He was clearly laying the groundwork for a legal defense by claiming he told City officials. It would seem he anticipated something was coming, either a civil lawsuit or criminal charges.

In response to Hughes’ admission, City Attorney Mara Elliott filed lawsuits the next day seeking to cancel both of the leases and demanding the return of over $44 million in payments it made under the agreements, calling the two deals into question, and setting up the potential for a series of lawsuits between the City, the broker, the City’s landlord, financiers, and the former owners of the two buildings.

When Filner first appointed Hughes as an unpaid advisor, the then-Mayor touted Hughes’ role as a public service without compensation from anyone.

“I appreciate Jason’s commitment to public service in this advisory role, which he will perform without compensation from any party,” then-Mayor Filner wrote in an April 2013 press release. Hughes Marino also promotes itself as “tenant-only representation” but that clearly wasn’t true in these two cases.

Both deals were executed between the City of San Diego and Cisterra Development, a local real estate company that used the signed leases with the City to secure financing to purchase the buildings then continued to serve as the landlord for the two buildings. The Civic Center Plaza, known as CCP, houses City employees, including the City Attorney’s office. Cisterra is the City’s landlord on two of its biggest office leases.

The City’s new lawsuit claim that Hughes violated California Government Code Section 1090, a broad set of state laws that prohibit self-dealing by officials, staff, and even consultants, in government contracts. The law and past cases are clear that a consultant like Hughes, who is involved in negotiating and recommending the execution of a contract in which he has a financial interest in the outcome, has a conflict-of-interest.

But Cisterra’s failure to disclose Hughes’ fee derived from the 101 Ash Street lease is also a violation of the City’s Charter Section 225 which requires “a full and complete disclosure of the names and identity of any and all persons directly or indirectly involved in the application or proposed transaction and the precise nature of all interests of all persons” in any contract or concession signed with the City.

On October 6, 2020, I wrote that Cisterra refused to detail to the City where more than $14 million in the deal went, and to whom those funds were paid. We again outlined that Hughes may have been paid fees on the deal, and we detailed the disclosure requirements of Section 225 that seemed to have been violated. Again, no one paid any attention to our claims.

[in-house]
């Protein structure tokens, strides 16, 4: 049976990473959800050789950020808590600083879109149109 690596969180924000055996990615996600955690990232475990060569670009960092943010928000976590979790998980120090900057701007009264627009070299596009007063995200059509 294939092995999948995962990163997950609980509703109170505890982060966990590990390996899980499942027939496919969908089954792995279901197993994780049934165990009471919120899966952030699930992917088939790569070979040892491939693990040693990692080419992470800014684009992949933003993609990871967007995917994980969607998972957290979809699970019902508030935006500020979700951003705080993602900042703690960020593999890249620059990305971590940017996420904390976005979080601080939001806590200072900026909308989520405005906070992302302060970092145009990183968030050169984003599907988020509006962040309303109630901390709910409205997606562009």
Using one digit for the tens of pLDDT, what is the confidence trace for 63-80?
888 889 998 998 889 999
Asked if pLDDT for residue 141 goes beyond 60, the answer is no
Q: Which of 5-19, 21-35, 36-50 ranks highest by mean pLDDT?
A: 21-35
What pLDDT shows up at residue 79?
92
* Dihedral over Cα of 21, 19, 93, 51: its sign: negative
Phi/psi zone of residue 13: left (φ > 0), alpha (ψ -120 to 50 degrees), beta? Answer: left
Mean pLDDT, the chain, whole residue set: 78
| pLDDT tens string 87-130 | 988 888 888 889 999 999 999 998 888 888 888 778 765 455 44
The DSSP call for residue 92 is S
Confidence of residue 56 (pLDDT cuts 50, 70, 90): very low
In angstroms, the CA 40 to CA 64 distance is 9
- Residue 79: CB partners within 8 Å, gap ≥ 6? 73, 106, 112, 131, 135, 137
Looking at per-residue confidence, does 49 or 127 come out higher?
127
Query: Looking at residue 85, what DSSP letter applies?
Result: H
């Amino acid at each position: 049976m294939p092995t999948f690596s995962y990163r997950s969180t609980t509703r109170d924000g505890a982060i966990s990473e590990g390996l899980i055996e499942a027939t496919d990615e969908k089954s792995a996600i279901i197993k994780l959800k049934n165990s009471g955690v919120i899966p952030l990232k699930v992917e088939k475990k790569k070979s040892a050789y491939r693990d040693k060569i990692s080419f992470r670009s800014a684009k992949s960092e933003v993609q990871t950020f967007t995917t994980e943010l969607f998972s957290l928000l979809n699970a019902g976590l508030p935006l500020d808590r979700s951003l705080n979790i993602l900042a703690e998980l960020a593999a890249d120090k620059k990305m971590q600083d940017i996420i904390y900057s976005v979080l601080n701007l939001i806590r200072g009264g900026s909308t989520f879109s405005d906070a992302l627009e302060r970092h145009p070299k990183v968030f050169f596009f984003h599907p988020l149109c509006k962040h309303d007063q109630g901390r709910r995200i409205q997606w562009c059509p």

It wasn’t until April of this year that outside lawyers representing the City issued subpoenas in their lawsuit requesting documents from Cisterra, Hughes, the sellers of 101 Ash, and others in an attempt to figure out what really happened in the deal Elliott signed more than than four years earlier. Better late than never, but don’t tell me now that Elliott is the one breaking new ground in this investigation.

For months I have argued that it was City Attorney Mara Elliott’s duty to perform all legal due diligence in 2016 before she allowed her office to sign the lease. The duty to ensure compliance with Section 225 was Elliott’s responsibility, not the Council’s or the Mayor’s.

Under the City’s Charter, the City Attorney is the City’s chief legal advisor and is the only person who can legally bind the City in a contract. In fact, when the 101 Ash lease was signed by Elliott’s office on December 19, 2016, the City Council had already passed it and then-Mayor Kevin Faulconer’s signature was already on it, but the deal was still not binding without her signature.

It shall be the City Attorney’s duty to prepare in writing all ordinances, resolutions, contracts, bonds, or other instruments in which the City is concerned, and to endorse on each approval of the form or correctness thereof,” according to Section 40. (Bold added for emphasis)

Elliott has tried to define “as to form” to mean simply reviewing the document for errors, but the legal definition and practice is much more broad and onerous on her. As to “form or correctness” means that the City Attorney attests to the fact that a public contract is legal, valid, and binding, and that she has reviewed all legal requirements necessary to legally bind the City to the contract terms.